Ugandan Diaspora News | Letter from the Editor | April 2014 | Museveni/Mbabazi falling out and what it means for Uganda

Posted April 1, 2014 by Ugandan Diaspora News Team in Editorial ~ 4,848 views


Dear Readers,

What a month March has been! For those of us living in the Northern Hemisphere this was perhaps the worst winter in decades but it was also a hive of activity for Ugandan politics. For now I will limit myself to discussing the ongoing impasse between the President and his Prime Minister and what it means for democracy in Uganda. We have been told by various party leaders that there is NO rift, but underneath there is a brewing tsunami as volleys of counter accusations and arrests have been made recently.

All this on the heels of what was a month of negative reporting on Uganda by the Western press as news wires were awash with stories of Uganda’s anti-gay laws. Amazingly, the West is tight-lipped as the civil liberties of Ugandans are violated daily through the use of draconian laws and heavy handed policing of those with dissenting views from the Movement government. Someone rightly put it — For our Western ‘saviors’ issues of civil liberties and political freedoms are for Ugandans to decide, but issues of homosexuality are for them to determine! (Based on the international interest/reaction to Uganda following the passing of the anti-gay legislation).

I like to consider myself an optimist who will always look to the better side of things. However of recent I have become a skeptic and here is why: last year General Tinyefunza – Sejjusa fled the country after releasing a dossier that was published in the press that was critical of the NRM government. Prior to his departure he had been the Coordinator of National Intelligence. Also last year we saw some NRM young Turks–or call them vocal rebel MPs–expelled from their party for what was described as party indiscipline. The Ssekikubo, Tinkasimire, Nsereko and Niwagaba lot represented firebrands of NRM politicians that wanted to effect change within the ruling party that was increasingly becoming authoritarian. The latest has been a  rumor of the postponement of the 2016 elections for God knows what — but again all things start as rumors on social media that then get confirmed in the Ugandan press – remember the term limit debate back in the day!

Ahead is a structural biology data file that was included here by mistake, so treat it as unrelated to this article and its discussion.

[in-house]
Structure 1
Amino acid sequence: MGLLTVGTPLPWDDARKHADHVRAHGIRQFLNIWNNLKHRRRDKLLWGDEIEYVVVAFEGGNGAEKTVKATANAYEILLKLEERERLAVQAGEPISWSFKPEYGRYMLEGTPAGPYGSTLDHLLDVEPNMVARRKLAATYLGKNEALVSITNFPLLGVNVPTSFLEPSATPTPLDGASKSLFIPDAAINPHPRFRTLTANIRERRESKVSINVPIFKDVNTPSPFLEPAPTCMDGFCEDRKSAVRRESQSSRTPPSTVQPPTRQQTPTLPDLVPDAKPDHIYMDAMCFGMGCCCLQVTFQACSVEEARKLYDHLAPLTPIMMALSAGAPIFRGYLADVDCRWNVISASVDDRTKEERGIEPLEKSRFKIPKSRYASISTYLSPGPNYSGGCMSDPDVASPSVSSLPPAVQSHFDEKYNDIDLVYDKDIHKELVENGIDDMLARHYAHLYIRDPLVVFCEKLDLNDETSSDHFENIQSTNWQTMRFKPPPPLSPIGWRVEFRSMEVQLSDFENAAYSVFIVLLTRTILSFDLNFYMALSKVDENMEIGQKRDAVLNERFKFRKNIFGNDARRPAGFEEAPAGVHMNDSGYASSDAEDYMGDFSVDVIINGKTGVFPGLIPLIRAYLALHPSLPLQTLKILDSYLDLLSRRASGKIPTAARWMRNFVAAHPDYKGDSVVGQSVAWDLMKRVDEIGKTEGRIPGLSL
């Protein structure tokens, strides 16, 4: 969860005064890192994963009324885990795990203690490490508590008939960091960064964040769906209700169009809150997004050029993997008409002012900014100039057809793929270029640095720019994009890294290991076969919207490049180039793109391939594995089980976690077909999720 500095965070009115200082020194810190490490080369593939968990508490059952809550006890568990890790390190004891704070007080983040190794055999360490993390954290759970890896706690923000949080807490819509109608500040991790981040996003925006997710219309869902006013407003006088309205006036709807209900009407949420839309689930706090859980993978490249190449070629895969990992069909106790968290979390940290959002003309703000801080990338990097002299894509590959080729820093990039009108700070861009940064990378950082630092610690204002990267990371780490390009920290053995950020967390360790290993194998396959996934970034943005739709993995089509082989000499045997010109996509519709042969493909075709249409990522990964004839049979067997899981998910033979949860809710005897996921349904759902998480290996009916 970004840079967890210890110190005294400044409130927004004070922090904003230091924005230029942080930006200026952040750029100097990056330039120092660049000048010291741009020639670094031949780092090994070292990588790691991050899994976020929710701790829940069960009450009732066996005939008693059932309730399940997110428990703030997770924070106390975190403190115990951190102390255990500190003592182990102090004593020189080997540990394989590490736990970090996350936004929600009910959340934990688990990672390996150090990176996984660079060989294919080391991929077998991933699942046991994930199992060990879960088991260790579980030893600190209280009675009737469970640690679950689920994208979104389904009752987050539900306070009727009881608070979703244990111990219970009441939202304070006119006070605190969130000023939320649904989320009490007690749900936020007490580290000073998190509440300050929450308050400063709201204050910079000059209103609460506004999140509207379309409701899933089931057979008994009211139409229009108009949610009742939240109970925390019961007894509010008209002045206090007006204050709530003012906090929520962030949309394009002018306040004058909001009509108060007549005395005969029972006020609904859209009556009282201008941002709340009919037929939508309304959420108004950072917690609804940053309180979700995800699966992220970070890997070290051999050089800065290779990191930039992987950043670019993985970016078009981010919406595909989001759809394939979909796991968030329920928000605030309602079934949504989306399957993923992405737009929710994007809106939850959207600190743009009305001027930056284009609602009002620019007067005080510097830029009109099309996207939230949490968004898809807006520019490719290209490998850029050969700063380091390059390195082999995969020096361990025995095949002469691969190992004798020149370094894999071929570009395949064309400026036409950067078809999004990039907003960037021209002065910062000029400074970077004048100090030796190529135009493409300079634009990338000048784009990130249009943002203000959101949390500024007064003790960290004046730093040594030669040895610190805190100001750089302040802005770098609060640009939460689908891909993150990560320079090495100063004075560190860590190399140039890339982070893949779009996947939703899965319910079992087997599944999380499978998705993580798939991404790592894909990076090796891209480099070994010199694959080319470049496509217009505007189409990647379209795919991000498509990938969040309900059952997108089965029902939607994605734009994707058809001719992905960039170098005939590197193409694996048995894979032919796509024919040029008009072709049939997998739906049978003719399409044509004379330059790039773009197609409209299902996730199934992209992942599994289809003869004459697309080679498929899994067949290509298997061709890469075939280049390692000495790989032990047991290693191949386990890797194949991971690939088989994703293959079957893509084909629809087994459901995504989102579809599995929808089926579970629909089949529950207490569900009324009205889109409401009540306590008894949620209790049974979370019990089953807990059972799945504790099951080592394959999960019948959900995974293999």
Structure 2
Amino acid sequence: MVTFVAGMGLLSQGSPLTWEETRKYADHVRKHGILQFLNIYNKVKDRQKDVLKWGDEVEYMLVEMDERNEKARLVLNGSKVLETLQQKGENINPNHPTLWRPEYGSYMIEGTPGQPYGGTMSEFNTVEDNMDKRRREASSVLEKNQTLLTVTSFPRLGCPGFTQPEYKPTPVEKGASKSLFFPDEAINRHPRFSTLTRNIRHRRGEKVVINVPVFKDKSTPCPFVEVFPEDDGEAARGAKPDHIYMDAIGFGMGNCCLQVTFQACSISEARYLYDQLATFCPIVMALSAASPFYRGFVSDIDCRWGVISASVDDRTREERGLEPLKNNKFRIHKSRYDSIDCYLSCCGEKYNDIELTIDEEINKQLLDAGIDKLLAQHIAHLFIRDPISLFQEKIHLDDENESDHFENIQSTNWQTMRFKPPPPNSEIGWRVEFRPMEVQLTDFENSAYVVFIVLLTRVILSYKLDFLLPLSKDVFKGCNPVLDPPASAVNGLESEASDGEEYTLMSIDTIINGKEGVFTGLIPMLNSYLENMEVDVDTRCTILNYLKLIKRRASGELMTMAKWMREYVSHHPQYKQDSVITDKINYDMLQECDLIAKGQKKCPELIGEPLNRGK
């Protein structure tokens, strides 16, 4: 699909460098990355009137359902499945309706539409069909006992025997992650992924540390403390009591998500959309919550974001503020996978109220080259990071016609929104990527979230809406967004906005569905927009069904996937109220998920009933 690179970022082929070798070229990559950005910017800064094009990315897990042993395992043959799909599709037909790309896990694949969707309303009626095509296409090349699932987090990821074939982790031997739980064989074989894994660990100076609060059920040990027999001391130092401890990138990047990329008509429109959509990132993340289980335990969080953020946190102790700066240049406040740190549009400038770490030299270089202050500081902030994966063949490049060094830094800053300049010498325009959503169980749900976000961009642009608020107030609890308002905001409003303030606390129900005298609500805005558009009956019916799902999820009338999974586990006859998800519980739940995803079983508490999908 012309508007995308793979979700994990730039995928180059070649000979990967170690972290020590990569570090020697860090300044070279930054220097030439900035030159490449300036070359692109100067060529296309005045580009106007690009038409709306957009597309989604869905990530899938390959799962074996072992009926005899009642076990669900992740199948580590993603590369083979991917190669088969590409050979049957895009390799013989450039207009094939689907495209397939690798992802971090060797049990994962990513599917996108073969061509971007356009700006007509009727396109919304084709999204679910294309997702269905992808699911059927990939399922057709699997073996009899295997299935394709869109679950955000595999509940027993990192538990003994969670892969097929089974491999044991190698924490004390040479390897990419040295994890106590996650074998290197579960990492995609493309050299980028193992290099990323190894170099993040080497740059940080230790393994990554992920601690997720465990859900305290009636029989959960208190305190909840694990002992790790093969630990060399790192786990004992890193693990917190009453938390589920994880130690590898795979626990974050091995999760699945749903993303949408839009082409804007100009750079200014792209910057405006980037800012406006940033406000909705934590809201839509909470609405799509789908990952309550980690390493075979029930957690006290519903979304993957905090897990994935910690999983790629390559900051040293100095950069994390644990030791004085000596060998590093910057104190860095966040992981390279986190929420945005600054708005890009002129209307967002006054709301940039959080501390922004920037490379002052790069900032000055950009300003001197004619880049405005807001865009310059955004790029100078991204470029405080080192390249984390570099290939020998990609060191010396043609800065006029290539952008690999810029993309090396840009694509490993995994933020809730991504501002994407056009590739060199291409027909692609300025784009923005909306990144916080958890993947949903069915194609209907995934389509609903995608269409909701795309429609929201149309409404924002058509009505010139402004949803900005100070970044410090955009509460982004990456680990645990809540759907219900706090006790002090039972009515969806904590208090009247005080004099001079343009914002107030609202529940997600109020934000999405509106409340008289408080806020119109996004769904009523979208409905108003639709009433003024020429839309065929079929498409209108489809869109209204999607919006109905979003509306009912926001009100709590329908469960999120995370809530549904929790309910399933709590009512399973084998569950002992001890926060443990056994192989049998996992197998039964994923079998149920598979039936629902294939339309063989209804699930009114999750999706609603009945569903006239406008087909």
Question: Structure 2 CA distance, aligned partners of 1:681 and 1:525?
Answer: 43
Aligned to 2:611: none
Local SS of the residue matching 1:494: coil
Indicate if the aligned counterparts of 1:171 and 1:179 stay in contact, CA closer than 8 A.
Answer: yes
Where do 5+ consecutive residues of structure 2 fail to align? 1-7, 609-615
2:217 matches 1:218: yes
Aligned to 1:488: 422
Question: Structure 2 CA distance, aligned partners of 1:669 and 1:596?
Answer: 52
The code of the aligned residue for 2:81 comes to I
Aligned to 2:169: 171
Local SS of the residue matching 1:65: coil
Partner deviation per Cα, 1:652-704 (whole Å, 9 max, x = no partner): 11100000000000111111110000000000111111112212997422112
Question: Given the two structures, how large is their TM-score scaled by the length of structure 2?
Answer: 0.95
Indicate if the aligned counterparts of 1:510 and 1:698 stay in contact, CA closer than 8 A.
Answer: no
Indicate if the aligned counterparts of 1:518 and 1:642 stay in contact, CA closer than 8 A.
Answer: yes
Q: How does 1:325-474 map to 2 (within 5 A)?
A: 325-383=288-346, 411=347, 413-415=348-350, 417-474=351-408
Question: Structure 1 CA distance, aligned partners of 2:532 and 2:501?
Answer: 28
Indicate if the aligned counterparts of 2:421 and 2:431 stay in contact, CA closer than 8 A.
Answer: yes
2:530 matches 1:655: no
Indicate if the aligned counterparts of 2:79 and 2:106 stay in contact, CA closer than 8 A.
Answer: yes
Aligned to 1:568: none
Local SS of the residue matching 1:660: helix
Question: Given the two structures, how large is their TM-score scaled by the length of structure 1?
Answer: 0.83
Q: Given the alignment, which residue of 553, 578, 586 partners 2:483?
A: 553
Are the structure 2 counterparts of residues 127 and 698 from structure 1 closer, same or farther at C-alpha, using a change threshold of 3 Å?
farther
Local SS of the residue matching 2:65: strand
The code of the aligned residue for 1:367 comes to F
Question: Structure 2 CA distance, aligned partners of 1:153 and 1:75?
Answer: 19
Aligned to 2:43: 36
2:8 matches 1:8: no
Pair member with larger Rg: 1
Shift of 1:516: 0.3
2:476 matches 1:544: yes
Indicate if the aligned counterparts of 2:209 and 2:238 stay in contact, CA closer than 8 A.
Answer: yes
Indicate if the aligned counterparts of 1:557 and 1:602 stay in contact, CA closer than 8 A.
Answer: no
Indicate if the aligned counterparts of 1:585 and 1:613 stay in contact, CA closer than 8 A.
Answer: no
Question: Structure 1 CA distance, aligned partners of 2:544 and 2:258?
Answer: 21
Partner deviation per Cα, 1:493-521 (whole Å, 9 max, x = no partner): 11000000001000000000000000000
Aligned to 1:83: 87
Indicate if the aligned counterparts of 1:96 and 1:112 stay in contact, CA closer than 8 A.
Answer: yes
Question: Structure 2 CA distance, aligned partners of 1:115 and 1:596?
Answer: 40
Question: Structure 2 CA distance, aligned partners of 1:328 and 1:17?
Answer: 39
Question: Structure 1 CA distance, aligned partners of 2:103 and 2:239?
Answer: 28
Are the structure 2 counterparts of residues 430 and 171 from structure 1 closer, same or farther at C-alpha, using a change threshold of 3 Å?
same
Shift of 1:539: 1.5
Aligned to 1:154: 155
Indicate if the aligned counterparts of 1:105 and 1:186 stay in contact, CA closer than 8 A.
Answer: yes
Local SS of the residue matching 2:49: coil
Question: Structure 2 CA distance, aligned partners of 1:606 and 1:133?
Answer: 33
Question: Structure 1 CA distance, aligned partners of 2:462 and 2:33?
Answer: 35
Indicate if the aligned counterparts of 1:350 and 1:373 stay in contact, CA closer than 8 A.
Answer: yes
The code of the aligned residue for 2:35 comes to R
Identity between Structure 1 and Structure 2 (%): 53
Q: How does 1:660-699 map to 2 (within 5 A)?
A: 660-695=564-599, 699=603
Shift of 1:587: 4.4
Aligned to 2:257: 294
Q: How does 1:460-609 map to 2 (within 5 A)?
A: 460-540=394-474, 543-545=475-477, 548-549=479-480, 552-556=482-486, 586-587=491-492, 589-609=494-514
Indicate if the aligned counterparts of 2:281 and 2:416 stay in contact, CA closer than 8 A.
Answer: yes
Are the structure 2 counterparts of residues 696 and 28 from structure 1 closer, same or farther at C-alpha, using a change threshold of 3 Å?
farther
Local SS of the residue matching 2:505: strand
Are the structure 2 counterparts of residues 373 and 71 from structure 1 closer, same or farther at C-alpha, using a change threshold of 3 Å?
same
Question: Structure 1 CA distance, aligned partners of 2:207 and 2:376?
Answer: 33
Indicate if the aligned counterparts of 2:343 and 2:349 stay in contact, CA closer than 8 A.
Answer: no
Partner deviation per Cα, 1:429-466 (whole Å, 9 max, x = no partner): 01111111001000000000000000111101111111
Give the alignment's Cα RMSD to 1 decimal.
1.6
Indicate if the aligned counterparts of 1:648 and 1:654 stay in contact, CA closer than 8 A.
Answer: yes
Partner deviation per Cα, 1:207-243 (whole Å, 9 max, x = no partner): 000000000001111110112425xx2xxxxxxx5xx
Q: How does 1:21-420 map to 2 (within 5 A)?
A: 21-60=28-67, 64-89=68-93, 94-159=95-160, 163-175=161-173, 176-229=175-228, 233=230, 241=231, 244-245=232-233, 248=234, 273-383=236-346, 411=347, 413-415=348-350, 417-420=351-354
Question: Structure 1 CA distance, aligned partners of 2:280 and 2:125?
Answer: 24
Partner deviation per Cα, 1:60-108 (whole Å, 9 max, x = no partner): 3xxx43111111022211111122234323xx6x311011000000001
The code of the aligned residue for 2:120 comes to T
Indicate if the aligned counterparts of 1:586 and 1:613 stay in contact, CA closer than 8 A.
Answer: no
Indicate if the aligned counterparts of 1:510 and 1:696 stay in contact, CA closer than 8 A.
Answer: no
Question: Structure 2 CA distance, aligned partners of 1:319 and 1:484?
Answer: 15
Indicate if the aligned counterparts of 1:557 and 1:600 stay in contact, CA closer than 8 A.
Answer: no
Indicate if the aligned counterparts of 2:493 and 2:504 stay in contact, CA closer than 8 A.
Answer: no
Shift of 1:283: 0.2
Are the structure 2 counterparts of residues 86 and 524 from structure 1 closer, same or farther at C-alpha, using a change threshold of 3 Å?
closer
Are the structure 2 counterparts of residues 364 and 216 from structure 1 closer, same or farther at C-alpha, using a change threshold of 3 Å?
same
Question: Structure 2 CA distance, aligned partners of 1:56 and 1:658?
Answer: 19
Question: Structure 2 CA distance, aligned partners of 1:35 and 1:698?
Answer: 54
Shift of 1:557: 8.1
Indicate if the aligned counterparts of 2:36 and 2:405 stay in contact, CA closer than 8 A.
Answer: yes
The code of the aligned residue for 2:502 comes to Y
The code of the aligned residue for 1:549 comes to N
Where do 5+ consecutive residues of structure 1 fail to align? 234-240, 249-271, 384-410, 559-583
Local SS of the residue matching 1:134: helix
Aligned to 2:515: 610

Fast forward to the NRM caucus meeting in Kyankwanzi and then you will agree with me that this move to nip any Presidential aspirants out of the running and effectively ring fence the Presidency was like something that played out of a movie script. Reading the commentaries that followed you will appreciate how and why it caught the Prime Minister off guard and took so many by surprise. A senior politician and Secretary General of a ruling party was humiliated by junior party members. Apparently the Kyankwanzi Meet was meant, among other things, to address party loyalty and check indiscipline among members — this time not jumping the queue but those who felt their turn had finally arrived. For a party founded on the principle of fundamental change a lot has changed since the NRM and its 10 point program were ushered into power in 1986. Some believe that NRM party structures are now fully funded by the State as NRM caucus meetings are now held at the national Political Training School in Kyankwanzi and State House Entebbe fully funded by the tax payer. It has also emerged, in not so many words, that considering a run for the Presidency within the movement structure is now a criminal offence!